In the previous post, we looked at the challenges the industry has faced when it comes to balancing data security and privacy, and the steps that have been taken to mitigate them. This piece will focus on the urgency for a national patient identification system.
The use of a national medical ID would facilitate the secure transfer of medical records from providers to specialists and log the transactions. We could replace processes that can’t be logged with transparent ones that empower the patient by letting them see who has seen their records. We give them the ability to move and take their records with them.
Until this happens, patient privacy remains a major issue that has significant reputational risk for providers, while the lack of it erodes trust between provider and patient. The risk is clearly seen in numerous cases of hospital employees who get caught looking at the medical records of celebrities such as Kim Kardashian and Jussie Smollett. One challenge is that patient privacy software can be prohibitively expensive; although it is required to detect fraud in EMR systems, software that can automatically do so is the provenance of larger health systems and practices that can afford the price tag.
Even these sophisticated systems cannot protect privacy or integrity when we transfer information through paper or electronically via flash drive, email, or CD/DVD. We run the risk of introducing fraud into the medical record, even inadvertently. We need to do better.
We also must reduce provider credential overload. Providers are forced to remember usernames and passwords for their main EMR, network, HR/benefits, HIE, and maybe multiple other EMR systems. Several years ago a neurosurgeon customer showed me a lanyard of ID badges for several different hospitals in the Philadelphia area where he had credentials. He also needed multiple accounts to log into all of their EMRs. This was overwhelming him.
Faced with credential overload, people tend to use the same simple password for multiple sites, sometimes scrawled on a sticky note. No surprise that we see data breaches involving unprotected passwords, such as one recently involving LinkedIn. Two-factor authentication that does not involve text messaging, using a secure product such as Cisco Duo, Imprivata, Symantec, or Entrust Datacard, in combination with one set of credentials for the EMR and HIE, will reduce the risk of password hacking.
It’s not going to be easy. Significant qualified resources are required to match the numerous patient records across TEFCA entities, known as Qualified Health Information Networks (QHINs). This will take years to accomplish, during which time the SSN will have to be used along with a national medical ID to reconcile records. When the old End Stage Renal Disease (ESRD) networks had a similar initiative 20 years ago to consolidate systems as part of the CROWN initiative, multiple team members were needed to reconcile patient records nationally. This will take training and reallocating nursing and HIM resources to succeed, and will require organizational change management and champions who can communicate a sense of urgency and importance.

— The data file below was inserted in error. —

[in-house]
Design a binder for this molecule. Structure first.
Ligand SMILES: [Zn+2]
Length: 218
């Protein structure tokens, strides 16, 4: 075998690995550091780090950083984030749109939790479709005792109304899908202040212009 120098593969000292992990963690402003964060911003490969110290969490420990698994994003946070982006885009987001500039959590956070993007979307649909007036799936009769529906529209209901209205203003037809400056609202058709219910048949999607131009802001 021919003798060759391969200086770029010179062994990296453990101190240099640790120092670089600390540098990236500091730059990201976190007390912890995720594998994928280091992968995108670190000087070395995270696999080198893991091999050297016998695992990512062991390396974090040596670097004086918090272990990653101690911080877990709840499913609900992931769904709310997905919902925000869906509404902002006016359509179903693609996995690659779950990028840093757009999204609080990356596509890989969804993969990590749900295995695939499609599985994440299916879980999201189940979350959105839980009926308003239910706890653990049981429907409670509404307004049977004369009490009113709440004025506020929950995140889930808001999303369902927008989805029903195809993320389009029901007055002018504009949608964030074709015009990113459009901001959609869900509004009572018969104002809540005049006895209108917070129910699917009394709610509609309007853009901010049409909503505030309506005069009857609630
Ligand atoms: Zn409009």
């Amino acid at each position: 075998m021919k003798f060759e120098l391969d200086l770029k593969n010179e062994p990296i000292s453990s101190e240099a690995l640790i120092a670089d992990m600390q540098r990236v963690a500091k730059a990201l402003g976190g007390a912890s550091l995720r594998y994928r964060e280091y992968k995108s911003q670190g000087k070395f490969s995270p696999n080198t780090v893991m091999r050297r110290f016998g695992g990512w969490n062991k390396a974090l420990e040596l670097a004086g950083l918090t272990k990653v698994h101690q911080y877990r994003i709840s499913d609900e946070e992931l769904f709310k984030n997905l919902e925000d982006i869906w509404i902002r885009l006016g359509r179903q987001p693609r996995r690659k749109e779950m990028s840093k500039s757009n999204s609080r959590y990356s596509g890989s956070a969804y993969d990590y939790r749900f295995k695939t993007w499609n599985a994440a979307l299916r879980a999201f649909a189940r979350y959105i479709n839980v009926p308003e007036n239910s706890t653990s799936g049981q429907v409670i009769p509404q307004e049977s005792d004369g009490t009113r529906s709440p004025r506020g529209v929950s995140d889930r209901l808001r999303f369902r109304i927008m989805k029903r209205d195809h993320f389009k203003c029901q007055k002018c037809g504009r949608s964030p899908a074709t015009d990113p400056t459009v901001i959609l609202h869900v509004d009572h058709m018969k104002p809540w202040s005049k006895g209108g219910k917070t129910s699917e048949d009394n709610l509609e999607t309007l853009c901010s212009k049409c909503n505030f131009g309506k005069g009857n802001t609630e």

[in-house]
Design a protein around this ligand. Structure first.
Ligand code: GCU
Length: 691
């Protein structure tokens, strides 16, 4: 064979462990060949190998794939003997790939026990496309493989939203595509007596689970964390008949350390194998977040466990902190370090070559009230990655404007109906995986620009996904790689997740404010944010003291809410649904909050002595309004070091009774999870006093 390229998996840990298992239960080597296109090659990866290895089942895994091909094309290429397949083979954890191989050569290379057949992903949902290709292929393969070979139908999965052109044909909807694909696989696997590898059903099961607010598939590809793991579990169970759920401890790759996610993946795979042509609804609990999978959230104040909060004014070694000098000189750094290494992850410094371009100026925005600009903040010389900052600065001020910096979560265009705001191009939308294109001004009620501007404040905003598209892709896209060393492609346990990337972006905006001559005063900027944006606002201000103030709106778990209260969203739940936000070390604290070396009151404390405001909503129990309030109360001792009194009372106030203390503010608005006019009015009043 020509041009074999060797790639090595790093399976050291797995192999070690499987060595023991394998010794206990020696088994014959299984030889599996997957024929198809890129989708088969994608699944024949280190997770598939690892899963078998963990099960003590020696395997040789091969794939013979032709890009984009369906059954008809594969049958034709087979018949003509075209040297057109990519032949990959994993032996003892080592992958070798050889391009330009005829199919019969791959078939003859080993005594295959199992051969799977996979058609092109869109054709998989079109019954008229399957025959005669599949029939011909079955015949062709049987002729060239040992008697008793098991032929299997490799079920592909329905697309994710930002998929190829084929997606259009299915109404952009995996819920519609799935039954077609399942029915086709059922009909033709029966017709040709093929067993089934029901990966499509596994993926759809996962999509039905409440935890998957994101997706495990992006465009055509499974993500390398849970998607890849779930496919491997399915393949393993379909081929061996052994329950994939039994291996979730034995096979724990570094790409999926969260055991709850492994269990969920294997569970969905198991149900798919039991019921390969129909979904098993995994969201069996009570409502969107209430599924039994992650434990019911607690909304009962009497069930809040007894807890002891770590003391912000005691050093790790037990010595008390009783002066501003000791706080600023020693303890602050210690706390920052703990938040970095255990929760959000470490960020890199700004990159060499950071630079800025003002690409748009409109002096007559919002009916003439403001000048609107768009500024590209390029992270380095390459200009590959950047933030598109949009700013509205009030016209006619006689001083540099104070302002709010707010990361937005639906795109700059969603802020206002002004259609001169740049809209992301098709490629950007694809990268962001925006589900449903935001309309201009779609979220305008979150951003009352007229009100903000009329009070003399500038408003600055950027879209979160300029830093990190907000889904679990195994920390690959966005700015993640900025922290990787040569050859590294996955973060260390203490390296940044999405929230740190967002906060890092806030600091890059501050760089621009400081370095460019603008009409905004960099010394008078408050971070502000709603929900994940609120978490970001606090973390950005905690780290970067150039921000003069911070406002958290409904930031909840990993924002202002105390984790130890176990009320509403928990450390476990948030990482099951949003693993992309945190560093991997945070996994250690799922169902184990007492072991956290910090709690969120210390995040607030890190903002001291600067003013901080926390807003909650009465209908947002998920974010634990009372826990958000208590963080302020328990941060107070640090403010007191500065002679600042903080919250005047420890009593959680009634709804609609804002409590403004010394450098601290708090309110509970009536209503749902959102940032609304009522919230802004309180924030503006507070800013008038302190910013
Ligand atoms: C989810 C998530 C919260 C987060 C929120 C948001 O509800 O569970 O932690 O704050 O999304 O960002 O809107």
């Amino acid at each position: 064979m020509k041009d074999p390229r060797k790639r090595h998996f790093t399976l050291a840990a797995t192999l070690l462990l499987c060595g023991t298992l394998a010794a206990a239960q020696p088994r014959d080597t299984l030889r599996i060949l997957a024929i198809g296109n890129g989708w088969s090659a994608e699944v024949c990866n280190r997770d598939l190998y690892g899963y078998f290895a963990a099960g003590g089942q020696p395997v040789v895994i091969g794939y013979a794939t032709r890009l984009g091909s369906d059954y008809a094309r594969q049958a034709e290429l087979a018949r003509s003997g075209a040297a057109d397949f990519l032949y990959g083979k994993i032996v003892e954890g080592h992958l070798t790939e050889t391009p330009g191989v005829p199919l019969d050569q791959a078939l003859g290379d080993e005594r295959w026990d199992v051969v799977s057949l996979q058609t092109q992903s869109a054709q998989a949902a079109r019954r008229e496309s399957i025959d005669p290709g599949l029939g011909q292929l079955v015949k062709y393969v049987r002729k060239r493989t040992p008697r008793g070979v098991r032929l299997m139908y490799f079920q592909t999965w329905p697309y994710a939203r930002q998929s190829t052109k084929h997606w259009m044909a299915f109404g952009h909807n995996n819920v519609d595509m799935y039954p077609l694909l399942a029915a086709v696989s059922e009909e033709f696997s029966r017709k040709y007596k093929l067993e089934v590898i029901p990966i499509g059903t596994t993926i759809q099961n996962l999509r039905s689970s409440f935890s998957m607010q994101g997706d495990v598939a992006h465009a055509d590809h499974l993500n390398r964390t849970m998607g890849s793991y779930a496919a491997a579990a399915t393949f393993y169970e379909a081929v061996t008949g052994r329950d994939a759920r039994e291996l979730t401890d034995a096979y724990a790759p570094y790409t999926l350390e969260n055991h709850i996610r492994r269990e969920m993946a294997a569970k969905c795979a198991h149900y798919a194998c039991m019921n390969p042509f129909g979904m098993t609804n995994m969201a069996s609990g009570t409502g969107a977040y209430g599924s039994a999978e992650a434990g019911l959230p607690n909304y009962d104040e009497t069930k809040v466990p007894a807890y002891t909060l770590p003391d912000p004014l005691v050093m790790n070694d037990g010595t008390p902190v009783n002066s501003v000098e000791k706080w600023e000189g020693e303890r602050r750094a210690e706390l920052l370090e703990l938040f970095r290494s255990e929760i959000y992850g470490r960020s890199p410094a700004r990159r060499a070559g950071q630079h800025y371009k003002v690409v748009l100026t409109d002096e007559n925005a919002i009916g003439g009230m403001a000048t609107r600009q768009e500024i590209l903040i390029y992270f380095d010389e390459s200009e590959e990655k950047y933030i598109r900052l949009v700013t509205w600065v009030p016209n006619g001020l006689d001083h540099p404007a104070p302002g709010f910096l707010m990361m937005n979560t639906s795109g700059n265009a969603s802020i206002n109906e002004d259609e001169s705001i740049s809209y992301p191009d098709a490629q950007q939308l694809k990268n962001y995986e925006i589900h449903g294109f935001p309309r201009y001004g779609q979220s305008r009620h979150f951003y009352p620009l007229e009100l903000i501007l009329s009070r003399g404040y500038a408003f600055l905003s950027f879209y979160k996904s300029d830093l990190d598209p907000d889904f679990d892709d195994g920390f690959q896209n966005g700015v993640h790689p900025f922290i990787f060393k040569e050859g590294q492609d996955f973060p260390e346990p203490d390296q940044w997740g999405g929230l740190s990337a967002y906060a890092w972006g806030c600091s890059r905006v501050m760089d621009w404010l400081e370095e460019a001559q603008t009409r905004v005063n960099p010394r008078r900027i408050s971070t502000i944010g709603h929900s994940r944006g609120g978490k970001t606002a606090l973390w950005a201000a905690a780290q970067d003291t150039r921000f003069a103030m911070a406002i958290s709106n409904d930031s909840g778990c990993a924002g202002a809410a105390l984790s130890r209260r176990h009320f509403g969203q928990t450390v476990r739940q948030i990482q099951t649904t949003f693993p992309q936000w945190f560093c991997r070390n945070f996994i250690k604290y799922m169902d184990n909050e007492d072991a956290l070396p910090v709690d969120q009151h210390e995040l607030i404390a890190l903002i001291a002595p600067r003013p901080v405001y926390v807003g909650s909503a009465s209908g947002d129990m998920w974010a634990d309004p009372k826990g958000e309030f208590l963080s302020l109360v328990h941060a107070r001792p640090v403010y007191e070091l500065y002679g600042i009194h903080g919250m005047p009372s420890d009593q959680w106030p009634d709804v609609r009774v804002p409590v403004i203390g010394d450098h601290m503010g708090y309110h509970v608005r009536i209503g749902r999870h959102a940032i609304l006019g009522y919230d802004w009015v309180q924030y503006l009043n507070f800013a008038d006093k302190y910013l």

There’s a lot more to a medical ID than adding a field to an EMR, and it should be done in conjunction with TEFCA to establish a national HIE so patients can best realize the benefits. It will take a mobilization and educational effort similar to the one that made EMR usage pervasive in the first place. This is going to be a long-term effort that is part of the overall TEFCA plan.
One way to make this initiative succeed is with Robotic Process Automation (RPA) or more efficient, updated systems that are able to free up underutilized resources to accomplish more productive and imperative tasks involving patient matching and a national ID. The changeover isn’t easy, and can’t be accomplished with automation alone. Initially it will require intensive resources and communication on how to reconcile numerous EMRs. The goal is fewer needed resources and standard work once the difficult parts are completed.
The New Normal
As we progress toward TEFCA and a corresponding national ID becoming ubiquitous, it will become part of normal business activity and a new equilibrium. One that is respectful of patient privacy, doesn’t collect information that can be used for nefarious purposes, allows us to track and address potential medical ID fraud much more easily, and reduces the demands on patients, guardians and caregivers to maintain accurate records needed for treatment.
We can’t let the outlooks and practices of 20 years ago; the corresponding issues of the decision that prevented federal funding for a national patient ID separate from the Social Security Number as part of HIPAA continue. Our patients deserve better protections. The adoption of a national medical ID and TEFCA are two ways we can help.